Military & Energy

Solar panels power Marine equipment in Afghanistan

Scott Tong Aug 30, 2011
Military & Energy

Solar panels power Marine equipment in Afghanistan

Scott Tong Aug 30, 2011

Tess Vigeland: Yesterday, we reported on how the U.S. military is looking to loosen its dependence on oil because so many casualties arise from the need to maintain fuel supplies in combat zones.

Today, in Part 2 of our series on the military and oil, we look at how that effort is playing out with Marines who are using solar power in Afghanistan.

From the Marketplace Sustainability Desk, Scott Tong reports.

Scott Tong: Ask a bunch of Marines if they’re technology early adopters, and you get this: laughter. It does seem a bit off to be in Camp Pendleton, southern California, talking solar power with lance corporals — like Jonathan Jacobson, 3rd battalion 5th regiment, or India Company.

Jonathan Jacobson: I got friends who are in the Army, Navy and everything. And they even look at me like… you’re bad-ass.

Here, VC stands for Victor Charlie. But India Company was ‘voluntold,’ as they say here, to try out clean tech out in the valley. That would be Helmand Valley, Afghanistan.

Jason Morris: We were all fairly skeptical up front. Honestly, I wasn’t all that interested in testing equipment.

Company Commander Jason Morris.

Morris: Because it’s just another thing that somebody is throwing on us to test and here we are going into a combat zone.

Where your radio is your lifeline. This is actual tape from Afghanistan…

Afghanistan tape: If you can get directly overhead, it’d be much appreciated. We’re taking fire.

Typically, radios are powered by bulky military batteries, single use, which means Lance Cpl. Joseph Hooper carries a lot.

Joseph Hooper: That’s 15 pounds right there on your back. Along with all the extra gear — ammo, water, food.

There are always tradeoffs — not guns or butter, but guns or batteries. On this last deployment, India Company packed reusables charged on the battlefield by mini solar panels. Jacobson says they fold out and they’re about…

Jacobson: The size of a clipboard. There’s a few wires that go with it. You can put it in like a small backpack and it doesn’t weigh at all.

Did the solar gizmos pass the battlefield test?

Jacobson: It’s something none of us were used to, but I mean it actually started working really well.

Hooper: It was nice to have, we always used ’em and it never went down on us.

Taylor Wright: We just set the solar charger out, we just set the batteries in there every time we needed to and just rotated batteries out.

Hooper: Even at night. That thing works at night. It was unbelievable. We plugged it in, we’re like maybe it’ll work. So we started putting batteries on it, that moon came up and it charged it.

India Company guinea pigged three other devices — including solar generators and tarp covers. In fact, it went three whole weeks without needing new batteries, creating more space to carry food, water, bullets. And it earned itself poster-child status in military PR machine. Afterall, energy efficiency saves on generators for electricity, which means fewer fuel convoys in harm’s way. And it saves a lot of money — fuel can cost $45 a gallon in Afghanistan, when you add in transportation and protection costs.

Now, here’s the however.

Bob Charette: Are we gonna take a major dent out of the 200,000 gallons a day in Afghanistan the Marine Corps burns? Probably small.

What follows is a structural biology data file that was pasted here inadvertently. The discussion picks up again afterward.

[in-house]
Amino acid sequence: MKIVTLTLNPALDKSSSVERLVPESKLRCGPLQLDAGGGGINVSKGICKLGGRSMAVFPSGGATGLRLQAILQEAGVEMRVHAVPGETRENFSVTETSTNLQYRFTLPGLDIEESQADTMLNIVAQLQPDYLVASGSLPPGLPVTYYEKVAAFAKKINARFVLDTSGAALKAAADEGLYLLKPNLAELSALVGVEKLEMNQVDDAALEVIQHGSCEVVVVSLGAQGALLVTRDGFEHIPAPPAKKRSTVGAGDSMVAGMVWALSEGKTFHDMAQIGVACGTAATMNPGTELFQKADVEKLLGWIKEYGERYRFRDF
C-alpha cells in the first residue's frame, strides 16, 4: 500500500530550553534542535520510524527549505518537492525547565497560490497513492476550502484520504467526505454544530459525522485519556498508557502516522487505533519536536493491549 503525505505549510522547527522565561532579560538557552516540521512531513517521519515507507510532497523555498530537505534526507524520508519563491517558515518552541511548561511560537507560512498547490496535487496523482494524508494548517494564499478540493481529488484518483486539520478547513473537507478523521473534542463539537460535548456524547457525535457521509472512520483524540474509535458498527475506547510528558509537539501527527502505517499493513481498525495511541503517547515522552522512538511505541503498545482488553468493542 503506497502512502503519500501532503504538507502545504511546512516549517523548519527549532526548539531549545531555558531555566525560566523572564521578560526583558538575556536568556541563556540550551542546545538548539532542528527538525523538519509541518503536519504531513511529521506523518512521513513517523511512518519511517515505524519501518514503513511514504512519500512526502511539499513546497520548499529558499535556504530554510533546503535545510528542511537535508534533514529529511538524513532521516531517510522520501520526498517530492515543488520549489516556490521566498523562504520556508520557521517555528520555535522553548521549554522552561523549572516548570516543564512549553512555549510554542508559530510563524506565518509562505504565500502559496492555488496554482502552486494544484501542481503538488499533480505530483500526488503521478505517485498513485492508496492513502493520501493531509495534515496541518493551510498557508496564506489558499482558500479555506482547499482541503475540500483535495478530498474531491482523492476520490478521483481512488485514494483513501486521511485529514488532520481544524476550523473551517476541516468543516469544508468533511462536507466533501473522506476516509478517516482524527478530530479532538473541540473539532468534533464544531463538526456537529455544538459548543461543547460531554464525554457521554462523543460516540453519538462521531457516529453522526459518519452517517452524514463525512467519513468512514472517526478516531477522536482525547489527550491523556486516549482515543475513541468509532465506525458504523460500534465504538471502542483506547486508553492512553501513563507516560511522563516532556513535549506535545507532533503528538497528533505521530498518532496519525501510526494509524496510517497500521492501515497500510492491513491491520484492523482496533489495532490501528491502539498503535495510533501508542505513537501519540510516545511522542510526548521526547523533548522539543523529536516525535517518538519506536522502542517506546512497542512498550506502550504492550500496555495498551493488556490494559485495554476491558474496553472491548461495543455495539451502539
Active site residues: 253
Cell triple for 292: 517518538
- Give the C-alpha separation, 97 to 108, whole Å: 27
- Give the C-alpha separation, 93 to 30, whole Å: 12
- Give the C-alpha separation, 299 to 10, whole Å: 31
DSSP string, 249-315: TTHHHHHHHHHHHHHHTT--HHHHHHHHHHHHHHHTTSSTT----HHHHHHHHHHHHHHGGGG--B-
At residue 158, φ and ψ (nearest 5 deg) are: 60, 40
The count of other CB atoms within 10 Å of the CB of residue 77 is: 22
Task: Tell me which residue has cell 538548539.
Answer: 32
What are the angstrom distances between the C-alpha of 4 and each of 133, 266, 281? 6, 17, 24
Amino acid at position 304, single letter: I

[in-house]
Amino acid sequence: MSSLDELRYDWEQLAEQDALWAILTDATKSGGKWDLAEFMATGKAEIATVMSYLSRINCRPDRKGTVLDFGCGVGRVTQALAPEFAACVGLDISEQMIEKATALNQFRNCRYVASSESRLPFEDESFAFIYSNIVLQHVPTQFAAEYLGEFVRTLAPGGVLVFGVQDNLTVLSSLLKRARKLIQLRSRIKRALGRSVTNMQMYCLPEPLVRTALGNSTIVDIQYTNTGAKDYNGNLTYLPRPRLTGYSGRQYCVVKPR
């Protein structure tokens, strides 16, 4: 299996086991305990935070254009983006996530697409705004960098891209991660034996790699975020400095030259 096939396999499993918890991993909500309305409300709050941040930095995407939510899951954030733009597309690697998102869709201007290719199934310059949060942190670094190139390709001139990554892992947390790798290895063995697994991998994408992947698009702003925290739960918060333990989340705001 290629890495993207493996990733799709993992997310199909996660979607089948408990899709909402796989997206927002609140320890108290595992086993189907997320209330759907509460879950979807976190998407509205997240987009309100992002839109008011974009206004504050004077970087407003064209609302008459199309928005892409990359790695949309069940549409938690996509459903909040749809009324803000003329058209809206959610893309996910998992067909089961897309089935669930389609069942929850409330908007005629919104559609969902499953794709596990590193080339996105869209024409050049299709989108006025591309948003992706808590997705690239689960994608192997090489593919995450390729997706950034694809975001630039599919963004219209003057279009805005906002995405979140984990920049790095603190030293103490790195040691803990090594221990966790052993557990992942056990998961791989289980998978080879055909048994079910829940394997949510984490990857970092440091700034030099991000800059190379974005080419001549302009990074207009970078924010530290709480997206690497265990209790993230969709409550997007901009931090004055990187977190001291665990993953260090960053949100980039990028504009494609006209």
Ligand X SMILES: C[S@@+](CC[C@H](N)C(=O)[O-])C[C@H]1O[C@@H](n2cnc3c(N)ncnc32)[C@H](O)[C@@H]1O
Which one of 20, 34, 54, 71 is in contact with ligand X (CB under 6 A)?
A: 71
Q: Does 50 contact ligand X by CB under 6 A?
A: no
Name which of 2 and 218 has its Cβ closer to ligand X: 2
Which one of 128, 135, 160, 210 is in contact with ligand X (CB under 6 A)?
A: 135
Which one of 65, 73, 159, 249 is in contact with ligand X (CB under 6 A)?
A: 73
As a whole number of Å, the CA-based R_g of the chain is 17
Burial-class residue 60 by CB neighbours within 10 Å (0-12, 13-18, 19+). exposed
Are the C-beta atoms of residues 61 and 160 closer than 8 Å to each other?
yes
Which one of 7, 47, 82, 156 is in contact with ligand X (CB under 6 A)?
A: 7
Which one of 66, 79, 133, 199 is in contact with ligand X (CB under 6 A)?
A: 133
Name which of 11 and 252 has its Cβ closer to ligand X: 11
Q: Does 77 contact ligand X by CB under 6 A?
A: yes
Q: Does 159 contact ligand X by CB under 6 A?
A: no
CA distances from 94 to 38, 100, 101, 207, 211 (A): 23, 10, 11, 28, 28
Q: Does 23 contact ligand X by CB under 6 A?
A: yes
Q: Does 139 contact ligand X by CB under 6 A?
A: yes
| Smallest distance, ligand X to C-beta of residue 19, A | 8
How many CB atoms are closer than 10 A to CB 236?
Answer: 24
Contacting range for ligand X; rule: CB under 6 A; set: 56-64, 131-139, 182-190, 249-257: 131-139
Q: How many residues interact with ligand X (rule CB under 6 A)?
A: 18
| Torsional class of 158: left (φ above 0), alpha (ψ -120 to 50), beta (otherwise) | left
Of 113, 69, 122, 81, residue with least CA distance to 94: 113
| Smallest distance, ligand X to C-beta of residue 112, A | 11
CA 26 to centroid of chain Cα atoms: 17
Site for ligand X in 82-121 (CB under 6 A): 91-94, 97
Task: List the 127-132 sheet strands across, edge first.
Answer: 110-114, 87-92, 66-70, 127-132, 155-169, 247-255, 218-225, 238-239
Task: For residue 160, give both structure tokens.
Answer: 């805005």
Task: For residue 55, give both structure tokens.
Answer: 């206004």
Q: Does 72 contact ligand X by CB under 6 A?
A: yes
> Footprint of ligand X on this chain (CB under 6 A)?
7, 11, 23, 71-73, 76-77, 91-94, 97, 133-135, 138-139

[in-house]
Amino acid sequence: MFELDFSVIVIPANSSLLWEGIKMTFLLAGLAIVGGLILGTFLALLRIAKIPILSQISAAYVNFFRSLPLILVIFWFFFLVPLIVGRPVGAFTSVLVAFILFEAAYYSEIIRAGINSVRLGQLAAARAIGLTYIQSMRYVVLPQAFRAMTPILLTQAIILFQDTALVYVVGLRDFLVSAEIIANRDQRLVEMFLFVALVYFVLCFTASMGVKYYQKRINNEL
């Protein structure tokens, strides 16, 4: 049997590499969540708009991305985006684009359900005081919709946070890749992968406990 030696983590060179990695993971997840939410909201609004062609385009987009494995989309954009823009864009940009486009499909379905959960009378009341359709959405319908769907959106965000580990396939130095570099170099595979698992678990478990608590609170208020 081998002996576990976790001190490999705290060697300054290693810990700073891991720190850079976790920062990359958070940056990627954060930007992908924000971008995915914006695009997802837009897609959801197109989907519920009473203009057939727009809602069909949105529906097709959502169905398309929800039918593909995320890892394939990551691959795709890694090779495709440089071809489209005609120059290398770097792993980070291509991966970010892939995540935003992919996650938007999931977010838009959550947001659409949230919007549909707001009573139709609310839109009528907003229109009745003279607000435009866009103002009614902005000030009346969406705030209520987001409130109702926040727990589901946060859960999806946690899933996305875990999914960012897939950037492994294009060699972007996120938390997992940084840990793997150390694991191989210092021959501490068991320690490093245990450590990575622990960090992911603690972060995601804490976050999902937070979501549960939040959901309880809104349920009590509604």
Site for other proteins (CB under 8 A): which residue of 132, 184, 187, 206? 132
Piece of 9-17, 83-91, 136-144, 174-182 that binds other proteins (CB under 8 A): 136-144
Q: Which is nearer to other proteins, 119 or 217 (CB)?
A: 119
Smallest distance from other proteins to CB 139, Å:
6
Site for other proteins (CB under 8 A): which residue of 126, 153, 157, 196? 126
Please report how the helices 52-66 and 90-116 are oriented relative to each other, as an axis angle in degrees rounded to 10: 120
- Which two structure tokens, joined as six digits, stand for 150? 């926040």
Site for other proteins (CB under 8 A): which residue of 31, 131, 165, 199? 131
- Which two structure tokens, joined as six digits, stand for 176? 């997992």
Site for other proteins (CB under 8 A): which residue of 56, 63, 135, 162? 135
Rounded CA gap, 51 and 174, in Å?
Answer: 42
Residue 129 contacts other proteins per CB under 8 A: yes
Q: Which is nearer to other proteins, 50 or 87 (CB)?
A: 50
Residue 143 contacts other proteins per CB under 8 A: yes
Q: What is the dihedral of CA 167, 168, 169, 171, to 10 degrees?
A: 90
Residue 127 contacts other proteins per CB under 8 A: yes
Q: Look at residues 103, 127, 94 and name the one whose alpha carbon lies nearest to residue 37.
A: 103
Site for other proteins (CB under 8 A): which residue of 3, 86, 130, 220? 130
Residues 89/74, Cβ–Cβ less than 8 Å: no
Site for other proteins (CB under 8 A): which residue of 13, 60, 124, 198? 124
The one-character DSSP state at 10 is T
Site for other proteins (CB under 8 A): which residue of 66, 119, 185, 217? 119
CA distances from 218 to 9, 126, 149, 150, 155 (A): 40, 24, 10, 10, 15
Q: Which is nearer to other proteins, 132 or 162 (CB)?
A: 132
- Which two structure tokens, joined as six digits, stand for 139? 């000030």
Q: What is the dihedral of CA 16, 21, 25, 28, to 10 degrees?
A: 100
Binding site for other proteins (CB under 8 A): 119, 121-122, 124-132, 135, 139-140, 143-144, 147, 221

Col. Bob Charette runs the Expeditionary Energy Office for the Marine Corps. Right now, he says he’s in the start-up phase of innovation.

Charette: It has been really like an entrepreneur shop. An early Starbucks, if you will. How do you make it enduring? You know, you have this good initial momentum, now how do you continue on the initial success?

There are doubters. For his part, Charette keeps testing technologies. He’s already sending portable solar chargers to every battalion in Helmand Province. And like all innovation, it comes with surprises. These things, they don’t just charge batteries.

India company commander Morris.

Morris: It’s amazing how quickly you saw iPods starting to be recharged on these things.

iPods, DVD players, laptops for movies.

Lance Cpl. Jacobson.

Jacobson: When you just get to listen to, like, some favorite song from back home that’s already old by now, it feels good to be able to just be able to sit back and relax and just take your mind away, like, from that hellhole.

In fact, music played a role on the battlefield. Marines Taylor Wright and Terry Rittenhouse say their commanders often played linkin Park before each risky patrol.

Wright: Throw on some rock music, everybody’d start getting their gear ready, start getting all pumped up and hyped and focused on what we had to go do.

Terry Rittenhouse: Those were some of the last moments we got to spend with some of our guys. They become casualties on the patrol and didn’t make it.

This battalion lost 25 men in seven months, more than any other in the 10-year Afghan War. So when it comes to clean energy, the whole point is making them better fighters and lightening the battery load.

As for the environment, Lance Cpl. Joseph Hooper.

Hooper: Come on, seriously it’s not an environmental thing. It’s all about trying to help us accomplish the mission. We’re not the reason why the environment sucks. It’s cities like L.A.

In Camp Pendleton, Southern California, I’m Scott Tong for Marketplace.

Vigeland: Tomorrow Scott looks at what the Pentagon’s embrace of alternative energy means for businesses. We want to hear your thoughts on this series — check out our new widget, The Big Question.

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